The Cumberland American team that waltzed its way to Bristol, Conn., had gone missing in action.
Sure, the pitching and defense were still present, but the merciless offensive attack that became the theme of Cumberland’s state title run was nowhere to be found. The Rhode Island champions dropped two of their first three pool-play games in the New England regional tournament, standing perilously close to the end of a memorable summer.
But just when manager Dave Belisle’s club needed them most, Cumberland’s bats awoke from their ill-timed slumber. The rest, as they say, is history.
The result is a berth in the Little League World Series in South Williamsport, Pa., where Cumberland will open play on Friday at 3 p.m. against West region representative Ocean View of Huntington Beach, Calif., a game that will be played at the renowned Howard J. Lamade Stadium and televised live on ESPN.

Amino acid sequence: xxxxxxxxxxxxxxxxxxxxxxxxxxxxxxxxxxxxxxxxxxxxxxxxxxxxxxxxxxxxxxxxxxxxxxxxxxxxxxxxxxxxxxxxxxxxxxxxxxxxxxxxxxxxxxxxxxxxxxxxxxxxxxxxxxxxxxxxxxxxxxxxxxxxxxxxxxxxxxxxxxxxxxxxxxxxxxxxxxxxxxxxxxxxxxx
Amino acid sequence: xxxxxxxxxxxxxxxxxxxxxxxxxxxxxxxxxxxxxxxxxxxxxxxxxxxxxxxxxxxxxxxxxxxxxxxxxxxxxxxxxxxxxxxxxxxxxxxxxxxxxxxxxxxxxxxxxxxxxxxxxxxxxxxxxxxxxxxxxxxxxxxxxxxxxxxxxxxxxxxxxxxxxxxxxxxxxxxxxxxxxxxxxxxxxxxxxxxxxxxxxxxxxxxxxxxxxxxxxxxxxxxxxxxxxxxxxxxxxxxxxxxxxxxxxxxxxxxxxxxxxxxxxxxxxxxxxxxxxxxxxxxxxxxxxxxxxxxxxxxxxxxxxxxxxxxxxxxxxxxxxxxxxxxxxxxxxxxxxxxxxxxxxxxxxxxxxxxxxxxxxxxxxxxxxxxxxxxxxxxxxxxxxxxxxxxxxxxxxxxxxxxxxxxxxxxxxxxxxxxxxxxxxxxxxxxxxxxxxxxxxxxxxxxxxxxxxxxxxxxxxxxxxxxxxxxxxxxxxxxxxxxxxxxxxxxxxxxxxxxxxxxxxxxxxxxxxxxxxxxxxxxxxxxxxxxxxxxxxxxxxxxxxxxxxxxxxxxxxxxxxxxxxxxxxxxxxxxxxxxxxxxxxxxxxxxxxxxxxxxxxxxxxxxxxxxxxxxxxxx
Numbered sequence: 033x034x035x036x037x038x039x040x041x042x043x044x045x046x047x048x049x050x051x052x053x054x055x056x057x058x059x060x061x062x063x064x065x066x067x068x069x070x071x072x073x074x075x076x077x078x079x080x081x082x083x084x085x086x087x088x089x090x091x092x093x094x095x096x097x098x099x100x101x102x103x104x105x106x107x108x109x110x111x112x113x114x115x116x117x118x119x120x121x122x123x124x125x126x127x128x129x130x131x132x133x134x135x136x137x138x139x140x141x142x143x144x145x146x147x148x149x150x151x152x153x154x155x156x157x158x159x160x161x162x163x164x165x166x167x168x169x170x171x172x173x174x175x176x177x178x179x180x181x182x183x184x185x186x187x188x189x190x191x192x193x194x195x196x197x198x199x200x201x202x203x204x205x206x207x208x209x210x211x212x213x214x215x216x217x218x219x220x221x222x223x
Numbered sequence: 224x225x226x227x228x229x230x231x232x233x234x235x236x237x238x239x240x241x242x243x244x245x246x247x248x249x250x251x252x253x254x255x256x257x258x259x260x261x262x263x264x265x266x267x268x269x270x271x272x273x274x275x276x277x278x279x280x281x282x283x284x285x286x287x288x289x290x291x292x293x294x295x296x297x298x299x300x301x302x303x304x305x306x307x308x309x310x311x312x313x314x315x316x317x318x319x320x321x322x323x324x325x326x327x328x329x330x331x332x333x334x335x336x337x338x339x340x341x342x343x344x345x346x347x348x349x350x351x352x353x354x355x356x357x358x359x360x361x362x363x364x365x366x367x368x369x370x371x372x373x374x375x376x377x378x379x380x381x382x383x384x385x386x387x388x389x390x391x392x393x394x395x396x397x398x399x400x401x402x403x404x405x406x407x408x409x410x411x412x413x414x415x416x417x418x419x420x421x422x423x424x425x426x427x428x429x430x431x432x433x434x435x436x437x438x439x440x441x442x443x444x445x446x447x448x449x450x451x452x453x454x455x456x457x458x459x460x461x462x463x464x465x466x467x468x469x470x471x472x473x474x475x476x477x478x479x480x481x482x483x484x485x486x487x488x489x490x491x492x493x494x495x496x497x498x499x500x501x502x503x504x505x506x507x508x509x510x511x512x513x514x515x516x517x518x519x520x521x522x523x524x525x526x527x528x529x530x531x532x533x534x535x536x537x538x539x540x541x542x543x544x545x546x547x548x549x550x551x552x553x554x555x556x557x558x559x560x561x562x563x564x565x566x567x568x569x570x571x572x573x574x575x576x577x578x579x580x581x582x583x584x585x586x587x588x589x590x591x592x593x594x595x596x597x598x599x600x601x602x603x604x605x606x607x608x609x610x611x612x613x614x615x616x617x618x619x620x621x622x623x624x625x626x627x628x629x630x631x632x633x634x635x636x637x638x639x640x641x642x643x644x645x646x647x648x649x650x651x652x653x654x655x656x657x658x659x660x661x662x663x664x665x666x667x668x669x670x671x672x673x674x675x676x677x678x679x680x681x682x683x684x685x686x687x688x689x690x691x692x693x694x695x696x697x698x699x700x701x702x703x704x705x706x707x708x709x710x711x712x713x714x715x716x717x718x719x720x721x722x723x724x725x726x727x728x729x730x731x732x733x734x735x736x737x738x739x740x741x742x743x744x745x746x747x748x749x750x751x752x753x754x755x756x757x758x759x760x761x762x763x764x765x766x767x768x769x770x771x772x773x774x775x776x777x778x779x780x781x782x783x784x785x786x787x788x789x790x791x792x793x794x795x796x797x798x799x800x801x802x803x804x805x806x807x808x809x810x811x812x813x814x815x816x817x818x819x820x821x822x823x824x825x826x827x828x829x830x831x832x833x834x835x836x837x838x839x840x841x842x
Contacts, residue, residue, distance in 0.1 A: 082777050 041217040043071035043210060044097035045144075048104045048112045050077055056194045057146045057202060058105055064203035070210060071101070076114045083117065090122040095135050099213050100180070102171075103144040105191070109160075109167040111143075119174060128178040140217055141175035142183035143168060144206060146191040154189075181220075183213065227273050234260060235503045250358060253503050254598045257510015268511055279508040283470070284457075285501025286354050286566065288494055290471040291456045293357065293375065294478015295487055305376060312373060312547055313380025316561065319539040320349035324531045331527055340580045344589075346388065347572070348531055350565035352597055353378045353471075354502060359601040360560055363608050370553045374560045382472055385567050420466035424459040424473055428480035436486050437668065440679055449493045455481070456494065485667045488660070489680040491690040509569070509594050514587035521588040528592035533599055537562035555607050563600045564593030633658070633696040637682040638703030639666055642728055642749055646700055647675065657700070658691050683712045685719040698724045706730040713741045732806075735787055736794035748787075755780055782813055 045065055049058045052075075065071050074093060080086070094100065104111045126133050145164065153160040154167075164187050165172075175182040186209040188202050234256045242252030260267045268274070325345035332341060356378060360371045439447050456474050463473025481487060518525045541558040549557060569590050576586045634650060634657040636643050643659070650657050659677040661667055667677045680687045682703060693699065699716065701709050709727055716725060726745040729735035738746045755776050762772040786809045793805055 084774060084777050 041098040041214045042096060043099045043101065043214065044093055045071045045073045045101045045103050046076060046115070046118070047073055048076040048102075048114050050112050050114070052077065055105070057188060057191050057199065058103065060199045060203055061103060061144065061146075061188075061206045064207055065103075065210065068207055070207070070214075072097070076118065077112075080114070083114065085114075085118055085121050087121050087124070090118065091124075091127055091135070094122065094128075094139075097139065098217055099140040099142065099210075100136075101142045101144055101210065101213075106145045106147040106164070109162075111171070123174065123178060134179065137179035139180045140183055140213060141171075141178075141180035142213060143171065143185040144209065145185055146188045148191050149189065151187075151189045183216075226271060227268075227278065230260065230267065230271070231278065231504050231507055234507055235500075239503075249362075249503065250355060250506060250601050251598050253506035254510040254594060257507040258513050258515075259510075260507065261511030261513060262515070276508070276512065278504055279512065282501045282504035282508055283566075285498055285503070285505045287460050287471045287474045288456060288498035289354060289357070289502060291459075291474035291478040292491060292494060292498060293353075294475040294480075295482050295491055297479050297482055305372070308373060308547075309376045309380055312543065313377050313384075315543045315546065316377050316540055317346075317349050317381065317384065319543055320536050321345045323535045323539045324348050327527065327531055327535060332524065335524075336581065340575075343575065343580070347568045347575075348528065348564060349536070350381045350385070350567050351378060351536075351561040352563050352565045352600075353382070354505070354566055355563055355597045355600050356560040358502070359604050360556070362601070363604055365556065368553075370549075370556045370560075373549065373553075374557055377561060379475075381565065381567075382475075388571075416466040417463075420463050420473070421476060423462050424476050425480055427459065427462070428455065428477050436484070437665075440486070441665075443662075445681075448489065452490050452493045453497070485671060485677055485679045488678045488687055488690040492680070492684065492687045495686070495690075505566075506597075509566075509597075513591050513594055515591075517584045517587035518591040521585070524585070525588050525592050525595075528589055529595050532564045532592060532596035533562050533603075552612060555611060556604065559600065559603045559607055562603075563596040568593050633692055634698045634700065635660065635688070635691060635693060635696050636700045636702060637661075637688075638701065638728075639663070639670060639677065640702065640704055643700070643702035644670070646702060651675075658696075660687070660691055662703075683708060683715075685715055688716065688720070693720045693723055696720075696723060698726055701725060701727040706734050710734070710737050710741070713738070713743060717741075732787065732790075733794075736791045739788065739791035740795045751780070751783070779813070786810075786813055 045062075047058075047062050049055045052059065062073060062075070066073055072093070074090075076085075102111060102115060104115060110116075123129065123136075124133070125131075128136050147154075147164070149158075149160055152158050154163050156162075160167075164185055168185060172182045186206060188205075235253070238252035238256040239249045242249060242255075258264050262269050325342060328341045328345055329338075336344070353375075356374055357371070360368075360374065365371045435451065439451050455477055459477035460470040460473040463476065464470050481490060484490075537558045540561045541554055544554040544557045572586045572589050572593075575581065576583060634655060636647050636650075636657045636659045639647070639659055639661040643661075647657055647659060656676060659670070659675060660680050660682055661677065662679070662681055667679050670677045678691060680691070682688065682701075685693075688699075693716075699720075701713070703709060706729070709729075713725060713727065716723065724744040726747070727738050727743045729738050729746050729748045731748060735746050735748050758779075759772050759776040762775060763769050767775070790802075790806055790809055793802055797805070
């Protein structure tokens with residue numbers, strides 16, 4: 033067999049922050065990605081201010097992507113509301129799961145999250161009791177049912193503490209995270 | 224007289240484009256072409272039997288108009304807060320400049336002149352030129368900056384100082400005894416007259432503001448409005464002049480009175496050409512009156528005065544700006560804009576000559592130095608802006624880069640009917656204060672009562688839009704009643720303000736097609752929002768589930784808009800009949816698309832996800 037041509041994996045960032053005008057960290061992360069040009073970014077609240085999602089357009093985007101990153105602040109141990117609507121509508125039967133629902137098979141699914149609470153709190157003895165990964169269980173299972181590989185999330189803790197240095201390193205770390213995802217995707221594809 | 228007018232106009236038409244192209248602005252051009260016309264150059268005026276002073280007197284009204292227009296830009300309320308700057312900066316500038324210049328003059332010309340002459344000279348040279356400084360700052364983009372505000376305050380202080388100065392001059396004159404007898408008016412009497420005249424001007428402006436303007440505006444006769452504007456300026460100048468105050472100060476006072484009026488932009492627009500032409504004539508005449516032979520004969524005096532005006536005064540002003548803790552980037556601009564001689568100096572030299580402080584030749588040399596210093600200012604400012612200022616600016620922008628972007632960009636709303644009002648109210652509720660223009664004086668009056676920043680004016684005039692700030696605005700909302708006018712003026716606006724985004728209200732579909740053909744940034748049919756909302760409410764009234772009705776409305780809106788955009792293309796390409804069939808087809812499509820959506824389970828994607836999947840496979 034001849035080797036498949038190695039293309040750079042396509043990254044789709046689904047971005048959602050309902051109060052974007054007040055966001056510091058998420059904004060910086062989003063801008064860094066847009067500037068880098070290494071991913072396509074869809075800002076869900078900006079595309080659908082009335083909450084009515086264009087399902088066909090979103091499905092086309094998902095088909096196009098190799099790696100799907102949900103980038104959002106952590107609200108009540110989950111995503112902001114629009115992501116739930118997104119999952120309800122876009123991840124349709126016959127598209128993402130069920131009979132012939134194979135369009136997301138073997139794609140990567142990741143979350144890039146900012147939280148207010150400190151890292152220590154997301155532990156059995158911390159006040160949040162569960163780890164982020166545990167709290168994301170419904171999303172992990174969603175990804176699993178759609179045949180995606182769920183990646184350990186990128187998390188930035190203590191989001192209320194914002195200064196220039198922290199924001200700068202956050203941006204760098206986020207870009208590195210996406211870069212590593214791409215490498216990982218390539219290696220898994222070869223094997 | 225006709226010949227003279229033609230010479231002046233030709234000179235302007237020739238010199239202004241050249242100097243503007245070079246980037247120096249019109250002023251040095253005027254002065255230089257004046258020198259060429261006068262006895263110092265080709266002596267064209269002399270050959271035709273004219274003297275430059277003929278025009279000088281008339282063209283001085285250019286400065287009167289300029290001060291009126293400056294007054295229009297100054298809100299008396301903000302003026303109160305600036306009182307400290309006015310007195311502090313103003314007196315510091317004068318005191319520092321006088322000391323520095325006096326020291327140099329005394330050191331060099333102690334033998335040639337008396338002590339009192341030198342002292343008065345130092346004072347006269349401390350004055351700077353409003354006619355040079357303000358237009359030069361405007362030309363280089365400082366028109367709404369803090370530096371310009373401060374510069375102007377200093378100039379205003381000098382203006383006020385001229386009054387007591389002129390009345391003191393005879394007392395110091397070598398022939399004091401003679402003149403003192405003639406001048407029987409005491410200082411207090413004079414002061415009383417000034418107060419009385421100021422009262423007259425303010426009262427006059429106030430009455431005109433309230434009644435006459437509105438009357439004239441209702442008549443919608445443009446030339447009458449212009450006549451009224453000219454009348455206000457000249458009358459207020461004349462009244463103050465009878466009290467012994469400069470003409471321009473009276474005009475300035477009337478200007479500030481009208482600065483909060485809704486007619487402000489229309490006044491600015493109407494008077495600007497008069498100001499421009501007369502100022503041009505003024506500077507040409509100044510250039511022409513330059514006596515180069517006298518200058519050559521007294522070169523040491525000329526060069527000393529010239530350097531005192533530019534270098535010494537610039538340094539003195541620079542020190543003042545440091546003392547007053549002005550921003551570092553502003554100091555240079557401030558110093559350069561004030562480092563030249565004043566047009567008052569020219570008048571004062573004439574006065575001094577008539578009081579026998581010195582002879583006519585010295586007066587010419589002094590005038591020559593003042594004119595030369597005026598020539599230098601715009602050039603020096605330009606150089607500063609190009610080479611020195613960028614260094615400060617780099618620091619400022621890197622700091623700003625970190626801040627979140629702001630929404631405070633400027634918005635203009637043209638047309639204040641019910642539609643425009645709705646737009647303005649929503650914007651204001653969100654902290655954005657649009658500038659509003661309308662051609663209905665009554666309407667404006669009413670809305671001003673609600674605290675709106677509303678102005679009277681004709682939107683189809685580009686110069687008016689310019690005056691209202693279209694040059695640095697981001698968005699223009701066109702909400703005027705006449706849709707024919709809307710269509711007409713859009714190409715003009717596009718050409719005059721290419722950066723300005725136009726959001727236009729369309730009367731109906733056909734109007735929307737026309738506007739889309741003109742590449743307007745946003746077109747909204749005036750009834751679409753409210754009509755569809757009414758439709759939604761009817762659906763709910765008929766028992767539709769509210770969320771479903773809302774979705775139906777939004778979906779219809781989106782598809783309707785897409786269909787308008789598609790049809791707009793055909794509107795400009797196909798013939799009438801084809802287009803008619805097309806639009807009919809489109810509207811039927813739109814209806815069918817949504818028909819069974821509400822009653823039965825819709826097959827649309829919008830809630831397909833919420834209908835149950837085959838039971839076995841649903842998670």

Following Cumberland’s 13-7 triumph over Massachusetts champion Andover National in Saturday’s regional final at Breen Field, Belisle was asked why his team – and not the countless others across New England – had earned the right to play on Little League’s grandest stage.
“I think we’re going to Williamsport because of the hard work and dedication that the boys put in,” he said, noting that Cumberland typically practices 2 1/2 hours per day and has taken two days off since June. “They’re focused, they work hard, we worked them hard, and we don’t slight any one of these boys. Every one of these boys is a very important part of this team.”
Add this to the list: Cumberland is going to the Little League World Series because of its ability to rise to the occasion.